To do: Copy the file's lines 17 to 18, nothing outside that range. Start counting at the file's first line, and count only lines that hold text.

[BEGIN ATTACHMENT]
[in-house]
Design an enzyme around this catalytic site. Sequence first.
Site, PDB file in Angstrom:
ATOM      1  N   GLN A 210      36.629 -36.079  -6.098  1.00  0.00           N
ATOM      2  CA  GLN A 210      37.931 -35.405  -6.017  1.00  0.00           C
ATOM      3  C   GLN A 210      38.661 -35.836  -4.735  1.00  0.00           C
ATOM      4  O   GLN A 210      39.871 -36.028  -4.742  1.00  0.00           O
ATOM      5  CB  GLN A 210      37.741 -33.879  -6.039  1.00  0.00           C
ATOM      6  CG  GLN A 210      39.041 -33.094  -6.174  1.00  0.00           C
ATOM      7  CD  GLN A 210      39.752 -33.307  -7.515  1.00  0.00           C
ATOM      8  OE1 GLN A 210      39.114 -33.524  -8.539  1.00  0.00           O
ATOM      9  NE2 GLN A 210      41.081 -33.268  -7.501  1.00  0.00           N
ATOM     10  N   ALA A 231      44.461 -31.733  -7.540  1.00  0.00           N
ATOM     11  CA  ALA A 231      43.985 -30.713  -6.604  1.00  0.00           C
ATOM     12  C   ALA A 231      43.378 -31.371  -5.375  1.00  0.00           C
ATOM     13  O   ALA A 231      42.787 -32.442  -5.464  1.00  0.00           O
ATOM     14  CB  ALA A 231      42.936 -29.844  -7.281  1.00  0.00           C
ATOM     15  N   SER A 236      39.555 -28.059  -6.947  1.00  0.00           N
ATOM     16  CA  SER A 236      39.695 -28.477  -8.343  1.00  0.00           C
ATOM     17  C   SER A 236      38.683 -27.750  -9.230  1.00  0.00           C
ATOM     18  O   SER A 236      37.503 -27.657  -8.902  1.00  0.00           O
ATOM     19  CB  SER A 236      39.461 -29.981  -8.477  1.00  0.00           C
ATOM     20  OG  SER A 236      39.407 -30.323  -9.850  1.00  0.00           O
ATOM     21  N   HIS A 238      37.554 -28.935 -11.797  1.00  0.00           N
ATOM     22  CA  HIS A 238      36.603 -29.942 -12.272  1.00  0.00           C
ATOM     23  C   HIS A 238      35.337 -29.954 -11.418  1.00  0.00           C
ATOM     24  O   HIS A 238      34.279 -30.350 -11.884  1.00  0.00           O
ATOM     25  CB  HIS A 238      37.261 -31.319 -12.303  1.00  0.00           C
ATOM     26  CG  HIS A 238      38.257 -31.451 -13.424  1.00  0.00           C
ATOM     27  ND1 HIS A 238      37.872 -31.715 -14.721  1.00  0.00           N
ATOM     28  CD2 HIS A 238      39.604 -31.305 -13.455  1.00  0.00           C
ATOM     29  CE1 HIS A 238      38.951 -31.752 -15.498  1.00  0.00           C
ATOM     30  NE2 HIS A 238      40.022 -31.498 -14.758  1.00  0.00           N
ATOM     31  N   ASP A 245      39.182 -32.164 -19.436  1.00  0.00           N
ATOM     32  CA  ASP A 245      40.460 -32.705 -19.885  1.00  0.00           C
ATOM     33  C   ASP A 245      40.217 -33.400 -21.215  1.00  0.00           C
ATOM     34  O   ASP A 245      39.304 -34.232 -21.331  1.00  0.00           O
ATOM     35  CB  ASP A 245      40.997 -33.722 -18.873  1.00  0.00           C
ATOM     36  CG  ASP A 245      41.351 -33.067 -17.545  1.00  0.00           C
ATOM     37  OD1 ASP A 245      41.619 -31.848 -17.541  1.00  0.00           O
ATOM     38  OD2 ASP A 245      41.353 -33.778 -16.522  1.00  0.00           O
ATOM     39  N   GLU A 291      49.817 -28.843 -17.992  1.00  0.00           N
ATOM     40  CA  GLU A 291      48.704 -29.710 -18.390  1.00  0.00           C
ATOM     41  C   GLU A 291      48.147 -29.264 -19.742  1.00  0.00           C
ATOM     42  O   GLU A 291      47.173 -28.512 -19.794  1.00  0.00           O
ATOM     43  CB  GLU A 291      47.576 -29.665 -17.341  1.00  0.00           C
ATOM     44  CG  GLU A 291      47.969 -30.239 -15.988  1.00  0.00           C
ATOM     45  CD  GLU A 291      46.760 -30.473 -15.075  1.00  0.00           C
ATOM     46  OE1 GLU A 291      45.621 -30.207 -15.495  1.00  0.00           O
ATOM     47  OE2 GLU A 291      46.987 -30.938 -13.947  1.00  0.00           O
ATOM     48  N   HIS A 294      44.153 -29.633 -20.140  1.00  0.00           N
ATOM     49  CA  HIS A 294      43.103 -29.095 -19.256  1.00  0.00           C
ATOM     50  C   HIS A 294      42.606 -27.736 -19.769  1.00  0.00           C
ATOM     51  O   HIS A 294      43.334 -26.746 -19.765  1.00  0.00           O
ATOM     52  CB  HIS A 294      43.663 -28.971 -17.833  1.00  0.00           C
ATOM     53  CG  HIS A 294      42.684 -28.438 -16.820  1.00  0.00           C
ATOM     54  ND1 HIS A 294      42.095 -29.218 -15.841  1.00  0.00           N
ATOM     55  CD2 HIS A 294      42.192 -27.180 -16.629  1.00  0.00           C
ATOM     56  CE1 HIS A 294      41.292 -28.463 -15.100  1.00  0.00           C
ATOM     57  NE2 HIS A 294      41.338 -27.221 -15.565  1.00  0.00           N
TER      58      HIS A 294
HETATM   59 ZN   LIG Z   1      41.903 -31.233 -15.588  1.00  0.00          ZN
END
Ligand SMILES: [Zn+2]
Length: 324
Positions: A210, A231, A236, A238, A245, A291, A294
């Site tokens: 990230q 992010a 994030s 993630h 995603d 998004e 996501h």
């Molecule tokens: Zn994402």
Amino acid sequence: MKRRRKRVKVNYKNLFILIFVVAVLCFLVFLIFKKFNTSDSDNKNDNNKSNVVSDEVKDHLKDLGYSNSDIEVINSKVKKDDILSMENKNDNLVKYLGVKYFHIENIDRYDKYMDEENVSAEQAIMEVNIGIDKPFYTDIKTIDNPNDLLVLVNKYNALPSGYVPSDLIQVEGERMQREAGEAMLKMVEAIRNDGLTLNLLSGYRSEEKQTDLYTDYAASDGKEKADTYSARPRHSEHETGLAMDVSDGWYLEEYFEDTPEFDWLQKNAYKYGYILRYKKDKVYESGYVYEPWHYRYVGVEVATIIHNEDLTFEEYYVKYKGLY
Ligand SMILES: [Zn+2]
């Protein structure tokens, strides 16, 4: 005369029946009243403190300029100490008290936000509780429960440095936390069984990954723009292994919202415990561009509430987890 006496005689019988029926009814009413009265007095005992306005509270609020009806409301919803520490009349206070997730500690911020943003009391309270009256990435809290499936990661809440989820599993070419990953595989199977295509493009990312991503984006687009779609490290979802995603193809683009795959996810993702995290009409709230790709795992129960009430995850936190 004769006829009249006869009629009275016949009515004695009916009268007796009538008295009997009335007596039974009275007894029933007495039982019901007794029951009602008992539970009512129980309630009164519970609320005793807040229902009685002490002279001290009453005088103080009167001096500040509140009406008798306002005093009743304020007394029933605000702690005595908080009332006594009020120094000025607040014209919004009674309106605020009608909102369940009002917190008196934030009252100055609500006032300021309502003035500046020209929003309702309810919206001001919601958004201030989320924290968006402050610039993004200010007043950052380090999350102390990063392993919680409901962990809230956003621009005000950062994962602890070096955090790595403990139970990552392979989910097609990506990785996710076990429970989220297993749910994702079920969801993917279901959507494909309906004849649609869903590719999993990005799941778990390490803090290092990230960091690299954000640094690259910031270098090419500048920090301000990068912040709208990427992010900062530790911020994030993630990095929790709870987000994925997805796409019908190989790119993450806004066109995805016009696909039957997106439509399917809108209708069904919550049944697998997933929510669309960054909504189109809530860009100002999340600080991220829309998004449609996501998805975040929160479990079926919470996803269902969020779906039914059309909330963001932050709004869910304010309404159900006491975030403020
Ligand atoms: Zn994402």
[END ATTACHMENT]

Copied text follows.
ATOM     14  CB  ALA A 231      42.936 -29.844  -7.281  1.00  0.00           C
ATOM     15  N   SER A 236      39.555 -28.059  -6.947  1.00  0.00           N